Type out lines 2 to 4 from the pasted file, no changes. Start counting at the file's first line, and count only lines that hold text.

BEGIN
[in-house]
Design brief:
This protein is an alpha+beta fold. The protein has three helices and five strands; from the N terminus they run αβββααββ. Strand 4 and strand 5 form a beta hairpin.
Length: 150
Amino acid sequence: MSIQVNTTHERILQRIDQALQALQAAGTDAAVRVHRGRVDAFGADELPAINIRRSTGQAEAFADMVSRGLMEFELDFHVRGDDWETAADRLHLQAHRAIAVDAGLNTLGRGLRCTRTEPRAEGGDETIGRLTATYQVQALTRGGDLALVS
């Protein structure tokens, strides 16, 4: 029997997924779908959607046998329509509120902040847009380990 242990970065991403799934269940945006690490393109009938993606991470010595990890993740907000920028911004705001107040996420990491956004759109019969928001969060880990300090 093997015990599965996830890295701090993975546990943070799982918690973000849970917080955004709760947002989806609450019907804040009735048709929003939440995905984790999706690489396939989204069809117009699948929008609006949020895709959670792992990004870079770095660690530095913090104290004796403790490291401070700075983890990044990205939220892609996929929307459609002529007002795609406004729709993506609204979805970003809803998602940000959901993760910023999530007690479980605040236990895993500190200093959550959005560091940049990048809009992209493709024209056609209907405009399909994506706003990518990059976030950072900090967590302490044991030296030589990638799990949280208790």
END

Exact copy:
Design brief:
This protein is an alpha+beta fold. The protein has three helices and five strands; from the N terminus they run αβββααββ. Strand 4 and strand 5 form a beta hairpin.
Length: 150